When It’s Time to Stop Being Nice!

Wednesday, November 5th, 2008

     Is there ever a time to say, “Enough! No more Mr. Nice guy for me!”


    Think about this one before responding with a knee-jerk reaction − it’s not an easy question: Which quality would you like to impart to your child − how to be a nice person, or how to be a successful one?


   In response, you’ll probably wonder if the two are necessarily mutually exclusive. Are they ever?


    We define a nice person as someone who cares about others and is sensitive to their feelings. We’ve all met these sorts of individuals. These are the people who are selfless, seeing beyond their own wishes and putting the needs of others before their own. These are the people we love to be around.


     On the other hand, we identify successful people as those who assert themselves to ensure that their personal goals are being met, irrespective of the needs, wishes or opinions of others. We’ve all met these types of individuals who guiltlessly step on anyone who gets in the way of their climb up their proverbial career or social ladders. These are the types whom we try to avoid − at all costs, but who, nevertheless, seem to be getting what they want out of life.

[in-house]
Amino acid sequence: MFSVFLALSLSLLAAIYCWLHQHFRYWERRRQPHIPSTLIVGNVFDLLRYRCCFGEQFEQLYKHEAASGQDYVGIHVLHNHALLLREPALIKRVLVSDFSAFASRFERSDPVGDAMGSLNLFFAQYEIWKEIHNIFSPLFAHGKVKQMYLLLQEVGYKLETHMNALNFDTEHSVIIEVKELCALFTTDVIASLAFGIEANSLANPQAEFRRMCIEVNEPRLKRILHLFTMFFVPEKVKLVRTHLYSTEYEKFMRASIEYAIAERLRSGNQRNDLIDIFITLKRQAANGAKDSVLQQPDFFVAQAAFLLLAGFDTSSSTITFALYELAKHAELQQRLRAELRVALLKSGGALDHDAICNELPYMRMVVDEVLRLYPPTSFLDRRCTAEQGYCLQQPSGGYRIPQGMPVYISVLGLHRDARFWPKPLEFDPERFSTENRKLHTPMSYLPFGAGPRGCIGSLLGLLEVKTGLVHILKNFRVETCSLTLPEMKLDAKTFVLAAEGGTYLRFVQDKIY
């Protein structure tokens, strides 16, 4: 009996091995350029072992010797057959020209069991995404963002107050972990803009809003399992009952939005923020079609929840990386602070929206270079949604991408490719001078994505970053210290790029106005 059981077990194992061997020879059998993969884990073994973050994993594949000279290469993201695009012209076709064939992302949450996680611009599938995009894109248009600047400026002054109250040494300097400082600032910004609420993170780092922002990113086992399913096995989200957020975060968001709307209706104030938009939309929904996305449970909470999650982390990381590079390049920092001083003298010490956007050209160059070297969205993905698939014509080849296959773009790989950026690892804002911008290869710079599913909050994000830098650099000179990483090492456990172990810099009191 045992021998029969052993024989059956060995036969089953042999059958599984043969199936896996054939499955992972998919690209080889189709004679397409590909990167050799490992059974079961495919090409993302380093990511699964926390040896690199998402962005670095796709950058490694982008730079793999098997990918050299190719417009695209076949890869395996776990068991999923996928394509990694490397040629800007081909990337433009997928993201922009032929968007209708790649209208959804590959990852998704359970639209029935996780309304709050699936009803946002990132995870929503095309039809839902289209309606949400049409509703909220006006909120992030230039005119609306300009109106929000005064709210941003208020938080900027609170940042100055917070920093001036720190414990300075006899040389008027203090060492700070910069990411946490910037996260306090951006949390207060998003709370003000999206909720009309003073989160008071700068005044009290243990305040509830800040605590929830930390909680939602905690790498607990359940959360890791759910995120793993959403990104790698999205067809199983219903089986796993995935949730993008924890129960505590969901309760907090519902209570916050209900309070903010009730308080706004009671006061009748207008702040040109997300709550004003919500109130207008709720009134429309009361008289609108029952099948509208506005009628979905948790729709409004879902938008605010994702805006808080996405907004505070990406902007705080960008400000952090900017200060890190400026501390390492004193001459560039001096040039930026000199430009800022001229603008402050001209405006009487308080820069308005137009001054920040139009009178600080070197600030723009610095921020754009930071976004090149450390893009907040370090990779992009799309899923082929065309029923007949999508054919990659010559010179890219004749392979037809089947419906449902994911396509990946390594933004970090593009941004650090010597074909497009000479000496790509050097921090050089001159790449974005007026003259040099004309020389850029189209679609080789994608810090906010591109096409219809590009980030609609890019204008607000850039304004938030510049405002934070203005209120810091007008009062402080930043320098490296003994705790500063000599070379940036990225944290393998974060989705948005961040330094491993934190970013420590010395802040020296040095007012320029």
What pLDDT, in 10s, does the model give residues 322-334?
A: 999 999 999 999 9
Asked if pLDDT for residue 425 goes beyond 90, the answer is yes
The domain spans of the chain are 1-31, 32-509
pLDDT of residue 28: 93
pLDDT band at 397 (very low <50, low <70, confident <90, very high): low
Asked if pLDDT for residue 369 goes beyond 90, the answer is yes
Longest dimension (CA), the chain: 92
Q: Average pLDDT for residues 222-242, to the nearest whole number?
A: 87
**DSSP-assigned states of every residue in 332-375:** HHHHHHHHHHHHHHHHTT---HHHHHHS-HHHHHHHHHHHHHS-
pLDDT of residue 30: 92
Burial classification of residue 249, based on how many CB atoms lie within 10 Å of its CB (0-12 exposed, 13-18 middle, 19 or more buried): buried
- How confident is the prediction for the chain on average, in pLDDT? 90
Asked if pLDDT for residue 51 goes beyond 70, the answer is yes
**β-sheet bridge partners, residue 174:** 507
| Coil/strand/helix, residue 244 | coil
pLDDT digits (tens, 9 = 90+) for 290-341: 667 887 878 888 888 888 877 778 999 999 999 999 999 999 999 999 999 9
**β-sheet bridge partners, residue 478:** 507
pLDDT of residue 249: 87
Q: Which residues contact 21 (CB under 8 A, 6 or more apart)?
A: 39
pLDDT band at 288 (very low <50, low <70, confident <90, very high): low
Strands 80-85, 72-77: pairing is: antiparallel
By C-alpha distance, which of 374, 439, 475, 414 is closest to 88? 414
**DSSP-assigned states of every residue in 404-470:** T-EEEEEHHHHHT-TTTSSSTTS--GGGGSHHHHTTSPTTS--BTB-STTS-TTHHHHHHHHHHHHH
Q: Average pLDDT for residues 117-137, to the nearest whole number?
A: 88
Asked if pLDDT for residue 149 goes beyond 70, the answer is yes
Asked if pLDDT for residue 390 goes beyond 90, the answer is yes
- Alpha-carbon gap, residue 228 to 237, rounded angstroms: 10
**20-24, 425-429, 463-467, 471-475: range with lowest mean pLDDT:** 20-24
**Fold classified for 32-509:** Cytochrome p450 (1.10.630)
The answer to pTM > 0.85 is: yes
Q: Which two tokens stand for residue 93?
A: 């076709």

So, can the two co-exist?


   Ideally, we’d all like to teach our children how to be accommodating to the perspectives of others. We’d like to teach them how to share their toys, their time on the swing and their snacks. We like to view ourselves, too, as considerate people who willingly give up our seat to the elderly or handicapped, who generously toss a few coins to the outstretched arms of a homeless indigent and who support the neighbourhood PTA. We value talking politely and criticizing sparingly. Until that is, we have a run-in with someone who so blithely takes advantage of our good heartedness.